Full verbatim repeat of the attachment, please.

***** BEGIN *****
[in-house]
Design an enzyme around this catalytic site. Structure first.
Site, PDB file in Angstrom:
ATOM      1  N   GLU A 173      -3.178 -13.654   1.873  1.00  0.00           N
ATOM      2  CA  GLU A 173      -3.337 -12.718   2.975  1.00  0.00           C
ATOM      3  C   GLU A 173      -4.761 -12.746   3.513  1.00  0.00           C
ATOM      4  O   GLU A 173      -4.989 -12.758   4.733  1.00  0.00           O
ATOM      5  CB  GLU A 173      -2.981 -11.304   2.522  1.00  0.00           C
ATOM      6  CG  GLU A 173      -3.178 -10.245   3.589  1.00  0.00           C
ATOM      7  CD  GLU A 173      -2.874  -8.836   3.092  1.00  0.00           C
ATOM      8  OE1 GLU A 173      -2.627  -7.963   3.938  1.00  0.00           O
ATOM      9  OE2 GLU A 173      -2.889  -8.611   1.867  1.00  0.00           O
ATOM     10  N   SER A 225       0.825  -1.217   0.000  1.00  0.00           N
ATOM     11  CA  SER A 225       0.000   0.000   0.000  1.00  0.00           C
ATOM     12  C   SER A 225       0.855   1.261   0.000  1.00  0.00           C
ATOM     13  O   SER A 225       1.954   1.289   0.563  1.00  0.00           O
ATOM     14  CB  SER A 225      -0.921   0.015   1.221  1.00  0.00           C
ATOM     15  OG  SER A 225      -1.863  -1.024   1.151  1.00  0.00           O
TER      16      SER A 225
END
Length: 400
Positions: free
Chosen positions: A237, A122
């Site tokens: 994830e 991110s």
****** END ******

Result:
[in-house]
Design an enzyme around this catalytic site. Structure first.
Site, PDB file in Angstrom:
ATOM      1  N   GLU A 173      -3.178 -13.654   1.873  1.00  0.00           N
ATOM      2  CA  GLU A 173      -3.337 -12.718   2.975  1.00  0.00           C
ATOM      3  C   GLU A 173      -4.761 -12.746   3.513  1.00  0.00           C
ATOM      4  O   GLU A 173      -4.989 -12.758   4.733  1.00  0.00           O
ATOM      5  CB  GLU A 173      -2.981 -11.304   2.522  1.00  0.00           C
ATOM      6  CG  GLU A 173      -3.178 -10.245   3.589  1.00  0.00           C
ATOM      7  CD  GLU A 173      -2.874  -8.836   3.092  1.00  0.00           C
ATOM      8  OE1 GLU A 173      -2.627  -7.963   3.938  1.00  0.00           O
ATOM      9  OE2 GLU A 173      -2.889  -8.611   1.867  1.00  0.00           O
ATOM     10  N   SER A 225       0.825  -1.217   0.000  1.00  0.00           N
ATOM     11  CA  SER A 225       0.000   0.000   0.000  1.00  0.00           C
ATOM     12  C   SER A 225       0.855   1.261   0.000  1.00  0.00           C
ATOM     13  O   SER A 225       1.954   1.289   0.563  1.00  0.00           O
ATOM     14  CB  SER A 225      -0.921   0.015   1.221  1.00  0.00           C
ATOM     15  OG  SER A 225      -1.863  -1.024   1.151  1.00  0.00           O
TER      16      SER A 225
END
Length: 400
Positions: free
Chosen positions: A237, A122
């Site tokens: 994830e 991110s």